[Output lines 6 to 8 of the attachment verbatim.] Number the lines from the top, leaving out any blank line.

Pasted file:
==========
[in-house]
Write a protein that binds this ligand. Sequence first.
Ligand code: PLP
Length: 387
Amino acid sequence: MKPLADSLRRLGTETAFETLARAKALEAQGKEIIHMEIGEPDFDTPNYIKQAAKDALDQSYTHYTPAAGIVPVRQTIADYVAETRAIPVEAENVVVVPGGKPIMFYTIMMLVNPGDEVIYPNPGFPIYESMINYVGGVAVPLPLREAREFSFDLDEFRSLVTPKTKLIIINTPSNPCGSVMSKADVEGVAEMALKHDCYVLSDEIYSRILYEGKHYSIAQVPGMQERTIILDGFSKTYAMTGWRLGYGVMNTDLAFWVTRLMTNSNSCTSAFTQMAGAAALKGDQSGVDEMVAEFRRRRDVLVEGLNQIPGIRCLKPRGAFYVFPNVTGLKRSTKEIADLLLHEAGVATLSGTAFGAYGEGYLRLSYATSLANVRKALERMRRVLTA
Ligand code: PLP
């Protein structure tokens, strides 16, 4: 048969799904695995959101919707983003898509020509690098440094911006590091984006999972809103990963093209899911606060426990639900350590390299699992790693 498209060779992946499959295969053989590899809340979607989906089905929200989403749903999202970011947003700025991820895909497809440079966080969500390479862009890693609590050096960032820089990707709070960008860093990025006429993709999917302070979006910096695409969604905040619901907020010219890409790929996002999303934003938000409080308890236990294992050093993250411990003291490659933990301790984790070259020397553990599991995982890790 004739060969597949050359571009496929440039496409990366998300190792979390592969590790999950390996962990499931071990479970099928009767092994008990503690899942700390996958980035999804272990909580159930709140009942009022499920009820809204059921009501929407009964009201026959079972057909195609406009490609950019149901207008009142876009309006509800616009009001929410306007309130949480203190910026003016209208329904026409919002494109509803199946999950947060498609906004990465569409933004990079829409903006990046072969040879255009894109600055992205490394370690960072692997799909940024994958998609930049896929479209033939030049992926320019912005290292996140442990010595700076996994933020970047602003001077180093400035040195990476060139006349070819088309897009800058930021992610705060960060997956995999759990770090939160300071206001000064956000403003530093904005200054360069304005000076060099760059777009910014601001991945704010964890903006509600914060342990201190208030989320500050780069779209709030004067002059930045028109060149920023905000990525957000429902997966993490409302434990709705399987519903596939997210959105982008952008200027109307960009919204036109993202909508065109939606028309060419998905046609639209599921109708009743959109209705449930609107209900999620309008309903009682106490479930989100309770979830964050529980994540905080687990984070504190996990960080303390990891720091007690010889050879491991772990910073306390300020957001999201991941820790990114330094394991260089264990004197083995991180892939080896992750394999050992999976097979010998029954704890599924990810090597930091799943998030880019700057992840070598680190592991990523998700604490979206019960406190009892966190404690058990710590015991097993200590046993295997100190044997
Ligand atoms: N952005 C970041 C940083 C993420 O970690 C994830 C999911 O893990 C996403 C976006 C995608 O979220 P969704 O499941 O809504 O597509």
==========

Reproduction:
Ligand code: PLP
């Protein structure tokens, strides 16, 4: 048969799904695995959101919707983003898509020509690098440094911006590091984006999972809103990963093209899911606060426990639900350590390299699992790693 498209060779992946499959295969053989590899809340979607989906089905929200989403749903999202970011947003700025991820895909497809440079966080969500390479862009890693609590050096960032820089990707709070960008860093990025006429993709999917302070979006910096695409969604905040619901907020010219890409790929996002999303934003938000409080308890236990294992050093993250411990003291490659933990301790984790070259020397553990599991995982890790 004739060969597949050359571009496929440039496409990366998300190792979390592969590790999950390996962990499931071990479970099928009767092994008990503690899942700390996958980035999804272990909580159930709140009942009022499920009820809204059921009501929407009964009201026959079972057909195609406009490609950019149901207008009142876009309006509800616009009001929410306007309130949480203190910026003016209208329904026409919002494109509803199946999950947060498609906004990465569409933004990079829409903006990046072969040879255009894109600055992205490394370690960072692997799909940024994958998609930049896929479209033939030049992926320019912005290292996140442990010595700076996994933020970047602003001077180093400035040195990476060139006349070819088309897009800058930021992610705060960060997956995999759990770090939160300071206001000064956000403003530093904005200054360069304005000076060099760059777009910014601001991945704010964890903006509600914060342990201190208030989320500050780069779209709030004067002059930045028109060149920023905000990525957000429902997966993490409302434990709705399987519903596939997210959105982008952008200027109307960009919204036109993202909508065109939606028309060419998905046609639209599921109708009743959109209705449930609107209900999620309008309903009682106490479930989100309770979830964050529980994540905080687990984070504190996990960080303390990891720091007690010889050879491991772990910073306390300020957001999201991941820790990114330094394991260089264990004197083995991180892939080896992750394999050992999976097979010998029954704890599924990810090597930091799943998030880019700057992840070598680190592991990523998700604490979206019960406190009892966190404690058990710590015991097993200590046993295997100190044997
Ligand atoms: N952005 C970041 C940083 C993420 O970690 C994830 C999911 O893990 C996403 C976006 C995608 O979220 P969704 O499941 O809504 O597509």